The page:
Please use this identifier to cite or link to this item: http://hdl.handle.net/1893/31542
Appears in Collections:Faculty of Social Sciences Journal Articles
Peer Review Status: Refereed
Title: Ethical Data Collection and Recognizing the Impact of Semi-Structured Interviews on Research Respondents
Author(s): Husband, Gary
Contact Email: gary.husband@stir.ac.uk
Keywords: qualitative research
semi-structured interviews
professional learning
practice-based learning
research ethics
Issue Date: Aug-2020
Citation: Husband G (2020) Ethical Data Collection and Recognizing the Impact of Semi-Structured Interviews on Research Respondents. Education Sciences, 10 (8), Art. No.: 206. https://doi.org/10.3390/educsci10080206
Abstract: This article explores the complex relationship between researcher and respondent through shared experience and interaction in the interview processes. Ethical considerations related to the balance of power and potential for change in respondents’ professional actions and decisions post-interview are discussed whilst problematizing the concept of truly informed consent. Informed by critical incident analysis, the article draws on the researcher’s experience of undertaking a qualitative-based study founded in the principles of phenomenological hermeneutics. Concluded in 2016, the research investigates the impact of pedagogical training programs on respondents’ teaching practice and engagement with professional learning. Respondents, experienced lecturers working in the adult education sectors in Scotland and Wales, contacted the researcher to share their post-interview experiences. The research was not designed to elicit change in respondents, nor influence professional choice or practice. However, each communication received attributed participating in the research as the source for renewed interest and engagement in professional learning. Although research interviews becoming an enriching experience for respondents is a recorded phenomenon the ascribed effects were profound, potentially life-changing, and not fully anticipated. Ethical considerations for researchers designing and undertaking interview-based research are considered alongside the potential for engagement in research interviews as a catalyst for professional learning in practice.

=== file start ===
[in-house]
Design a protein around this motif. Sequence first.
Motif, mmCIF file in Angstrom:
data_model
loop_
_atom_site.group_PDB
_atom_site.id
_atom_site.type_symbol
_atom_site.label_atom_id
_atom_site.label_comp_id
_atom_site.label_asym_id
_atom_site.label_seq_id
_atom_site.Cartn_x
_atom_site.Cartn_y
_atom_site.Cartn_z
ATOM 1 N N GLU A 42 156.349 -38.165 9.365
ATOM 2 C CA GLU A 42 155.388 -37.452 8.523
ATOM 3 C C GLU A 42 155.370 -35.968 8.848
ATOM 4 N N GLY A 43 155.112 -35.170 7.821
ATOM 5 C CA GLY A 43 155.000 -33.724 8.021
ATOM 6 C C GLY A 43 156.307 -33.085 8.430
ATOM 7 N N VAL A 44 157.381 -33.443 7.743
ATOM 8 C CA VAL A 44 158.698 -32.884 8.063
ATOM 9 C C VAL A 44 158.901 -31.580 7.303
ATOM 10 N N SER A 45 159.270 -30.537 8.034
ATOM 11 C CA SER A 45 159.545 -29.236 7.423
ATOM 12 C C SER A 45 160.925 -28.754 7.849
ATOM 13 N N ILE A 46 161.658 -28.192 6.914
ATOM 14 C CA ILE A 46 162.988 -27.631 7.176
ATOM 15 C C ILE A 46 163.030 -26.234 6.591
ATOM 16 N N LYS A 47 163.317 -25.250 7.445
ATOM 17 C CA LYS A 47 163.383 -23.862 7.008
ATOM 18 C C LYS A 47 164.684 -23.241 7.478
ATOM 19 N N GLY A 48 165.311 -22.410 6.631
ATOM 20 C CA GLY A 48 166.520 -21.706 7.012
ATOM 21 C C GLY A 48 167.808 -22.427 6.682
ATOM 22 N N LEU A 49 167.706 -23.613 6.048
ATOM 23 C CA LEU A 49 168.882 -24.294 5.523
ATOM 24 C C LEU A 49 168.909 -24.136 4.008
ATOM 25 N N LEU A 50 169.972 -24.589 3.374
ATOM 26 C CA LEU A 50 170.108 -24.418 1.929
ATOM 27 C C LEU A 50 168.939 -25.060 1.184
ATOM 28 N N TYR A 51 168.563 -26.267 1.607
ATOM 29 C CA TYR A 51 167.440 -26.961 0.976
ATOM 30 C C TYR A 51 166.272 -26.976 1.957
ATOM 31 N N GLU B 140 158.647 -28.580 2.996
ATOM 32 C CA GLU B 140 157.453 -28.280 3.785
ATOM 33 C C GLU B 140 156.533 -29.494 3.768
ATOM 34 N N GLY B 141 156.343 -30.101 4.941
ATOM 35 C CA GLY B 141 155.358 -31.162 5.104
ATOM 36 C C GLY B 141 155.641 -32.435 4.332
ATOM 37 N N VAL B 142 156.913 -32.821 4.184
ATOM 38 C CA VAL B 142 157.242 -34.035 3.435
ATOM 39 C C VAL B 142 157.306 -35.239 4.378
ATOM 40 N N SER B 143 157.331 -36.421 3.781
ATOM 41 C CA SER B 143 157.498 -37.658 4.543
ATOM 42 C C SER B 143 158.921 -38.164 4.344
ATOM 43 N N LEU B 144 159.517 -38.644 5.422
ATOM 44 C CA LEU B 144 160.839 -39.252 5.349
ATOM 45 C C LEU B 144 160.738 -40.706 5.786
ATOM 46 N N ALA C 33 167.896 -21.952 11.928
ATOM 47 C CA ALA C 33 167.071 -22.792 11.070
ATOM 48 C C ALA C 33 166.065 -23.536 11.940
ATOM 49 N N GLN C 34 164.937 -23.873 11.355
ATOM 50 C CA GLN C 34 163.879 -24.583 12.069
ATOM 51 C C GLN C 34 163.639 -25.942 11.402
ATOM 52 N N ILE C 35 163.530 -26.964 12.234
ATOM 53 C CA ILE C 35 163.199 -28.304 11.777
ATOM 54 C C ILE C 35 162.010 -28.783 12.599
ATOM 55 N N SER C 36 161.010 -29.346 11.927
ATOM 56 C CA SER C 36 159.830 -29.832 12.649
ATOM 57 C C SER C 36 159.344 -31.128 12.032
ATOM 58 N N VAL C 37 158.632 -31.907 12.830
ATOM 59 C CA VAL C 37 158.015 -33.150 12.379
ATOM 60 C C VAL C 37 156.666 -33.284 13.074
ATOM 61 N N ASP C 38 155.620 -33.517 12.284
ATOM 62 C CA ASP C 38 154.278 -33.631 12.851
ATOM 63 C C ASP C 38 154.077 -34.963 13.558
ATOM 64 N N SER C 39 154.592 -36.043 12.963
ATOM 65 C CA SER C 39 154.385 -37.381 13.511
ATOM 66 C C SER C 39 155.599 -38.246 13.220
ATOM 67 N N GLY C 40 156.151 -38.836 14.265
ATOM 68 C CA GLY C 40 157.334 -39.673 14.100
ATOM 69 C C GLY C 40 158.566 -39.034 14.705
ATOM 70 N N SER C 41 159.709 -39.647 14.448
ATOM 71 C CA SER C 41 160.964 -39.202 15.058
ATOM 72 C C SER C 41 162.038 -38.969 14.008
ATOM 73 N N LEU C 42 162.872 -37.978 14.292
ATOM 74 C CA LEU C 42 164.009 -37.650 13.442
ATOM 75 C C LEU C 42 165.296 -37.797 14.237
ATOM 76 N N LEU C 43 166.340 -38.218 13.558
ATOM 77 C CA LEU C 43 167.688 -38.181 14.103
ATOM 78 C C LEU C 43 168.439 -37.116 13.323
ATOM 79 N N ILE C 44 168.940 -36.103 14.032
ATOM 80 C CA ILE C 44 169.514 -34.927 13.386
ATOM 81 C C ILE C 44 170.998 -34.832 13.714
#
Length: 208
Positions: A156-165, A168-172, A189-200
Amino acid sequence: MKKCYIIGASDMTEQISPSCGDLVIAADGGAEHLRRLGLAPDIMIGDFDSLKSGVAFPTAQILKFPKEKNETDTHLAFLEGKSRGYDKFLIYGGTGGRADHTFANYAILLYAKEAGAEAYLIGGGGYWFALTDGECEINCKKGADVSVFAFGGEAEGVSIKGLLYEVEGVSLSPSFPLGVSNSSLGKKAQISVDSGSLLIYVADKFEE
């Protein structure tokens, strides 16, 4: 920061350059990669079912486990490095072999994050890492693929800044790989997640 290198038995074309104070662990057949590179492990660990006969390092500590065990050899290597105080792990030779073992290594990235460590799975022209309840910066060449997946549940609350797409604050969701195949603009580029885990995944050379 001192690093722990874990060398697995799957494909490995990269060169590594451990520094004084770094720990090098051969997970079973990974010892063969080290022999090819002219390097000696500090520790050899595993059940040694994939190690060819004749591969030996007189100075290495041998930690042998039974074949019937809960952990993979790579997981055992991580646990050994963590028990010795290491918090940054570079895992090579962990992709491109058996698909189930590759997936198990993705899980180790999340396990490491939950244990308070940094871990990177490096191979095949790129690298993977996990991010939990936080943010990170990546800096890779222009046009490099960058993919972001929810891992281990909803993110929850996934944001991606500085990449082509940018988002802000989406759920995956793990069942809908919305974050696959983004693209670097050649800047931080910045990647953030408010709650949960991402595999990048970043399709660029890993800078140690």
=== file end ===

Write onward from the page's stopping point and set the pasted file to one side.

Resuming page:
DOI Link: 10.3390/educsci10080206
Rights: This is an open access article distributed under the Creative Commons Attribution License (https://creativecommons.org/licenses/by/4.0/) which permits unrestricted use, distribution, and reproduction in any medium, provided the original work is properly cited
Licence URL(s): http://creativecommons.org/licenses/by/4.0/

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